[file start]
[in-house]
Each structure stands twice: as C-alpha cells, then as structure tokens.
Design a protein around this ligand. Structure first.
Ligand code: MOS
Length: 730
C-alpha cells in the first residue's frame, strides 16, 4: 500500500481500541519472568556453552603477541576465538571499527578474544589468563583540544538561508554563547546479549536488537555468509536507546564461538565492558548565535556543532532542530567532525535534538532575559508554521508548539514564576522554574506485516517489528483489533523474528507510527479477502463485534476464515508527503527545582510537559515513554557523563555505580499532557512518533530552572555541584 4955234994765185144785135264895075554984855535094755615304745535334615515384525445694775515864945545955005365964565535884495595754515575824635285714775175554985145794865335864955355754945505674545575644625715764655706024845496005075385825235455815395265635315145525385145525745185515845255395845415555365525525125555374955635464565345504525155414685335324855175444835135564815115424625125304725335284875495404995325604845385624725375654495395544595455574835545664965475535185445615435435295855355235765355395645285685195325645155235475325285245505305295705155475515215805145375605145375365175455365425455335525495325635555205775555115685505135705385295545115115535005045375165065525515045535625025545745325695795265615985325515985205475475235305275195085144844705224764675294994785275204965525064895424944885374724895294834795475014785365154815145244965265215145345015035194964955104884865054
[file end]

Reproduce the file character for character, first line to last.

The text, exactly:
[in-house]
Each structure stands twice: as C-alpha cells, then as structure tokens.
Design a protein around this ligand. Structure first.
Ligand code: MOS
Length: 730
C-alpha cells in the first residue's frame, strides 16, 4: 500500500481500541519472568556453552603477541576465538571499527578474544589468563583540544538561508554563547546479549536488537555468509536507546564461538565492558548565535556543532532542530567532525535534538532575559508554521508548539514564576522554574506485516517489528483489533523474528507510527479477502463485534476464515508527503527545582510537559515513554557523563555505580499532557512518533530552572555541584 4955234994765185144785135264895075554984855535094755615304745535334615515384525445694775515864945545955005365964565535884495595754515575824635285714775175554985145794865335864955355754945505674545575644625715764655706024845496005075385825235455815395265635315145525385145525745185515845255395845415555365525525125555374955635464565345504525155414685335324855175444835135564815115424625125304725335284875495404995325604845385624725375654495395544595455574835545664965475535185445615435435295855355235765355395645285685195325645155235475325285245505305295705155475515215805145375605145375365175455365425455335525495325635555205775555115685505135705385295545115115535005045375165065525515045535625025545745325695795265615985325515985205475475235305275195085144844705224764675294994785275204965525064895424944885374724895294834795475014785365154815145244965265215145345015035194964955104884865054